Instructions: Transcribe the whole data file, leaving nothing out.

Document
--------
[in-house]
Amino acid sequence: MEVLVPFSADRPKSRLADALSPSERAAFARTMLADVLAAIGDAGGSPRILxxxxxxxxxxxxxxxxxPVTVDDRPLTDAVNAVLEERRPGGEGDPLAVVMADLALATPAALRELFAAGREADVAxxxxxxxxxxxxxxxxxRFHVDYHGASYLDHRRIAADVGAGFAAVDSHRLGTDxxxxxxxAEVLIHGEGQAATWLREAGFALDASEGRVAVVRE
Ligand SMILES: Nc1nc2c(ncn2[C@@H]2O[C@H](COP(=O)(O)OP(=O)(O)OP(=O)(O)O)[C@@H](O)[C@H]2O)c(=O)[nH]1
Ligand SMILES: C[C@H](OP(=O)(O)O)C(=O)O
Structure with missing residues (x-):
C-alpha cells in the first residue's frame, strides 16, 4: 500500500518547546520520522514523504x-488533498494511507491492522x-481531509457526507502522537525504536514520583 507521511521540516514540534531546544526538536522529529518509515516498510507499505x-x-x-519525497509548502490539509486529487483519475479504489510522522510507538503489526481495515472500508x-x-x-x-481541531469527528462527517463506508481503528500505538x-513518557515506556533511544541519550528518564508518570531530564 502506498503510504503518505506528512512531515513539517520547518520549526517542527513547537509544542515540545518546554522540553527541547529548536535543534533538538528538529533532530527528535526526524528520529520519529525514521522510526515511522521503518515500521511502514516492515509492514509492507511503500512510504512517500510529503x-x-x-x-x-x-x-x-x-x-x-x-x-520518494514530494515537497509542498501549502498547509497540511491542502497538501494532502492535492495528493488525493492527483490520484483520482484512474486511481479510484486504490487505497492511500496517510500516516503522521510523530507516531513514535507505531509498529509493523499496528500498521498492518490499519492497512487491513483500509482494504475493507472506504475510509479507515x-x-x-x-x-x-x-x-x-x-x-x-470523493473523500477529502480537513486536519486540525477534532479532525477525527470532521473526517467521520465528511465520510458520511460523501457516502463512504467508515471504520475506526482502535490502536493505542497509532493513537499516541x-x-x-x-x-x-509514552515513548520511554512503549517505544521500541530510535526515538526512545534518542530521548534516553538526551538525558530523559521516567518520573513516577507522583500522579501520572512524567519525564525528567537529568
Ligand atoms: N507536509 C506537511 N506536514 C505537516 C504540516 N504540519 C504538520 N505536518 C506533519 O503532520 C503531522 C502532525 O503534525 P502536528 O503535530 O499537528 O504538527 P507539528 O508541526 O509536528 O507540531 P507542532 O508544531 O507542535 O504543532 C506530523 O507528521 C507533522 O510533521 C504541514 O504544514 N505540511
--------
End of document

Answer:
[in-house]
Amino acid sequence: MEVLVPFSADRPKSRLADALSPSERAAFARTMLADVLAAIGDAGGSPRILxxxxxxxxxxxxxxxxxPVTVDDRPLTDAVNAVLEERRPGGEGDPLAVVMADLALATPAALRELFAAGREADVAxxxxxxxxxxxxxxxxxRFHVDYHGASYLDHRRIAADVGAGFAAVDSHRLGTDxxxxxxxAEVLIHGEGQAATWLREAGFALDASEGRVAVVRE
Ligand SMILES: Nc1nc2c(ncn2[C@@H]2O[C@H](COP(=O)(O)OP(=O)(O)OP(=O)(O)O)[C@@H](O)[C@H]2O)c(=O)[nH]1
Ligand SMILES: C[C@H](OP(=O)(O)O)C(=O)O
Structure with missing residues (x-):
C-alpha cells in the first residue's frame, strides 16, 4: 500500500518547546520520522514523504x-488533498494511507491492522x-481531509457526507502522537525504536514520583 507521511521540516514540534531546544526538536522529529518509515516498510507499505x-x-x-519525497509548502490539509486529487483519475479504489510522522510507538503489526481495515472500508x-x-x-x-481541531469527528462527517463506508481503528500505538x-513518557515506556533511544541519550528518564508518570531530564 502506498503510504503518505506528512512531515513539517520547518520549526517542527513547537509544542515540545518546554522540553527541547529548536535543534533538538528538529533532530527528535526526524528520529520519529525514521522510526515511522521503518515500521511502514516492515509492514509492507511503500512510504512517500510529503x-x-x-x-x-x-x-x-x-x-x-x-x-520518494514530494515537497509542498501549502498547509497540511491542502497538501494532502492535492495528493488525493492527483490520484483520482484512474486511481479510484486504490487505497492511500496517510500516516503522521510523530507516531513514535507505531509498529509493523499496528500498521498492518490499519492497512487491513483500509482494504475493507472506504475510509479507515x-x-x-x-x-x-x-x-x-x-x-x-470523493473523500477529502480537513486536519486540525477534532479532525477525527470532521473526517467521520465528511465520510458520511460523501457516502463512504467508515471504520475506526482502535490502536493505542497509532493513537499516541x-x-x-x-x-x-509514552515513548520511554512503549517505544521500541530510535526515538526512545534518542530521548534516553538526551538525558530523559521516567518520573513516577507522583500522579501520572512524567519525564525528567537529568
Ligand atoms: N507536509 C506537511 N506536514 C505537516 C504540516 N504540519 C504538520 N505536518 C506533519 O503532520 C503531522 C502532525 O503534525 P502536528 O503535530 O499537528 O504538527 P507539528 O508541526 O509536528 O507540531 P507542532 O508544531 O507542535 O504543532 C506530523 O507528521 C507533522 O510533521 C504541514 O504544514 N505540511